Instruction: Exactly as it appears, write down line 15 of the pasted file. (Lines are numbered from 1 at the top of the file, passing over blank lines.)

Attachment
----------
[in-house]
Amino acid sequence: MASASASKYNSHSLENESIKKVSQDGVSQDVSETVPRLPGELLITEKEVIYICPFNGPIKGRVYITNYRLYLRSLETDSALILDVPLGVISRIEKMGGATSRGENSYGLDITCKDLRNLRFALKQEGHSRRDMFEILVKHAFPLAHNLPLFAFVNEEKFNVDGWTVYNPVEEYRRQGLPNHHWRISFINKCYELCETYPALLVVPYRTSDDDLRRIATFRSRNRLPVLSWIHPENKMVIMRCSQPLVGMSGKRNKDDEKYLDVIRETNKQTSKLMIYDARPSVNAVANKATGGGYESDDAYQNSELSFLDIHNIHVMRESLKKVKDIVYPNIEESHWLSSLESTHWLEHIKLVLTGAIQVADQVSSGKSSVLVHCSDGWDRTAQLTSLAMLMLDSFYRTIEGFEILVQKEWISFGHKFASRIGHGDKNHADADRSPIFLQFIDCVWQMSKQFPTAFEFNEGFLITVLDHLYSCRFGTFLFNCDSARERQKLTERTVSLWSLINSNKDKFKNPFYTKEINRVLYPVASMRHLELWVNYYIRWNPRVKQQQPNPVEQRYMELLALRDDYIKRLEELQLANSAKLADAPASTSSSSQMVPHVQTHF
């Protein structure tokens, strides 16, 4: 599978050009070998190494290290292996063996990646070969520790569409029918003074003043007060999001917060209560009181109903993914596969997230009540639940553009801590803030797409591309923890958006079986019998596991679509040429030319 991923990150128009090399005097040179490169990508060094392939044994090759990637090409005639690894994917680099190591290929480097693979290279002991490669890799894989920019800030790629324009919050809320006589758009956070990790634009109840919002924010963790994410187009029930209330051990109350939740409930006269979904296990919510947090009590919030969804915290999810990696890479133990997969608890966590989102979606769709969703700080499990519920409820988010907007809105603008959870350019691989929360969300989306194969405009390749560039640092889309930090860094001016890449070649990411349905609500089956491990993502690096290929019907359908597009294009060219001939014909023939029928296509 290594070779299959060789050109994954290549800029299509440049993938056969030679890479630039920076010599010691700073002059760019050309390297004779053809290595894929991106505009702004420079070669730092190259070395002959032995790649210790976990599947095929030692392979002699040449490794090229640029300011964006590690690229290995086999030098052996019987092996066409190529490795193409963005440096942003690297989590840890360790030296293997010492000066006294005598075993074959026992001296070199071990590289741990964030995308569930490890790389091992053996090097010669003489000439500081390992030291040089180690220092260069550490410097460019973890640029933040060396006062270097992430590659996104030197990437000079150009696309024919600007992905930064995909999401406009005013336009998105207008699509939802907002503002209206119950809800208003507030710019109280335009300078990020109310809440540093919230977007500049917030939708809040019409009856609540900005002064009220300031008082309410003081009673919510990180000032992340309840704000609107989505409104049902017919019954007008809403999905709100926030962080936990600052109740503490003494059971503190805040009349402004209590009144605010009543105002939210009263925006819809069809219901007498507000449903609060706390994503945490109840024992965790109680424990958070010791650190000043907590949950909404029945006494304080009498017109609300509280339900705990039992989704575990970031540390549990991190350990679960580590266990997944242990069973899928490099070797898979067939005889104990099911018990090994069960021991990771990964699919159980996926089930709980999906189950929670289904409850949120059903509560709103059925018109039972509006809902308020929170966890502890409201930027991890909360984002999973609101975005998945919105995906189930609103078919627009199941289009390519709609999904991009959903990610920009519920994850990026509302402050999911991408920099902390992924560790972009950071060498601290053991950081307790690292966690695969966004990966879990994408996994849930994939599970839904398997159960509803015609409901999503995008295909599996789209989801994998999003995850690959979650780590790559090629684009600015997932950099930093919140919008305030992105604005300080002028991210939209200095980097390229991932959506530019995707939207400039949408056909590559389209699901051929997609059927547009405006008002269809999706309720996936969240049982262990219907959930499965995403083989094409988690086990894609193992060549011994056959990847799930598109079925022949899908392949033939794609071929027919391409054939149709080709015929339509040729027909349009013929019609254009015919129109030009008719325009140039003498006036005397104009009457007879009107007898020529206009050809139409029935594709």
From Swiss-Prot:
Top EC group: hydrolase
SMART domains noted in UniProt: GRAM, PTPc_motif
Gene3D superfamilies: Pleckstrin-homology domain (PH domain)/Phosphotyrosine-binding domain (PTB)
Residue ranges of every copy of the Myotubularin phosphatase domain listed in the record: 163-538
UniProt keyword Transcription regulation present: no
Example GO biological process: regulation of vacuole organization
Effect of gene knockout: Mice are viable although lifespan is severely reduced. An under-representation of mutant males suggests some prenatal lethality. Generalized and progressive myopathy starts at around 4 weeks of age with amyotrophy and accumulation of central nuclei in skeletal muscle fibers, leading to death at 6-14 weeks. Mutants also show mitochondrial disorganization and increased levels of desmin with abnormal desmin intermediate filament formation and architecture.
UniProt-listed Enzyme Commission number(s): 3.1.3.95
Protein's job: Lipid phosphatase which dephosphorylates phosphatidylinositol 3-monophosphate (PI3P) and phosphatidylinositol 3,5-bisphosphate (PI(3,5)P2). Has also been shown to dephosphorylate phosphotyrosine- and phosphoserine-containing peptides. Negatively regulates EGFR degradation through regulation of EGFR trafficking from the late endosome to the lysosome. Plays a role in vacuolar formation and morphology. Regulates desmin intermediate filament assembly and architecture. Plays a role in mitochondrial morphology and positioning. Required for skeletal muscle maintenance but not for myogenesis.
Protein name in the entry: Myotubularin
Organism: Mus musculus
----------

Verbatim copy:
Organism: Mus musculus